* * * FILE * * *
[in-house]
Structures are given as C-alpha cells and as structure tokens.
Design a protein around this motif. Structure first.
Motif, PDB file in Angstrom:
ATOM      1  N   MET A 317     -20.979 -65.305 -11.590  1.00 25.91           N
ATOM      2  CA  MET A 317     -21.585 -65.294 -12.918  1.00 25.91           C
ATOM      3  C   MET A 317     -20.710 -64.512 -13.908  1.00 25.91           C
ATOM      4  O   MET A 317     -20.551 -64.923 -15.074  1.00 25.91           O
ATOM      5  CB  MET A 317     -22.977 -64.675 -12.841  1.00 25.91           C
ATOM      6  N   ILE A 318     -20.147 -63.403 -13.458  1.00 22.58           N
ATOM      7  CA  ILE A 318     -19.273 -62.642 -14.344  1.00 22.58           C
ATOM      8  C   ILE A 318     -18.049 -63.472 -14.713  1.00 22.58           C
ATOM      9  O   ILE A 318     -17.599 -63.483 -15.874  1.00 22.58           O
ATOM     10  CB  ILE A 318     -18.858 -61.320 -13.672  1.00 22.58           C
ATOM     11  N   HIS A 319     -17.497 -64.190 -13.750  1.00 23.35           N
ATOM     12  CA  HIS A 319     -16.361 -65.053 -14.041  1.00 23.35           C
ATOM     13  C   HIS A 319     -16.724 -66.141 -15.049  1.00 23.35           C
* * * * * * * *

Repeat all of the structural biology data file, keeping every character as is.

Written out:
[in-house]
Structures are given as C-alpha cells and as structure tokens.
Design a protein around this motif. Structure first.
Motif, PDB file in Angstrom:
ATOM      1  N   MET A 317     -20.979 -65.305 -11.590  1.00 25.91           N
ATOM      2  CA  MET A 317     -21.585 -65.294 -12.918  1.00 25.91           C
ATOM      3  C   MET A 317     -20.710 -64.512 -13.908  1.00 25.91           C
ATOM      4  O   MET A 317     -20.551 -64.923 -15.074  1.00 25.91           O
ATOM      5  CB  MET A 317     -22.977 -64.675 -12.841  1.00 25.91           C
ATOM      6  N   ILE A 318     -20.147 -63.403 -13.458  1.00 22.58           N
ATOM      7  CA  ILE A 318     -19.273 -62.642 -14.344  1.00 22.58           C
ATOM      8  C   ILE A 318     -18.049 -63.472 -14.713  1.00 22.58           C
ATOM      9  O   ILE A 318     -17.599 -63.483 -15.874  1.00 22.58           O
ATOM     10  CB  ILE A 318     -18.858 -61.320 -13.672  1.00 22.58           C
ATOM     11  N   HIS A 319     -17.497 -64.190 -13.750  1.00 23.35           N
ATOM     12  CA  HIS A 319     -16.361 -65.053 -14.041  1.00 23.35           C
ATOM     13  C   HIS A 319     -16.724 -66.141 -15.049  1.00 23.35           C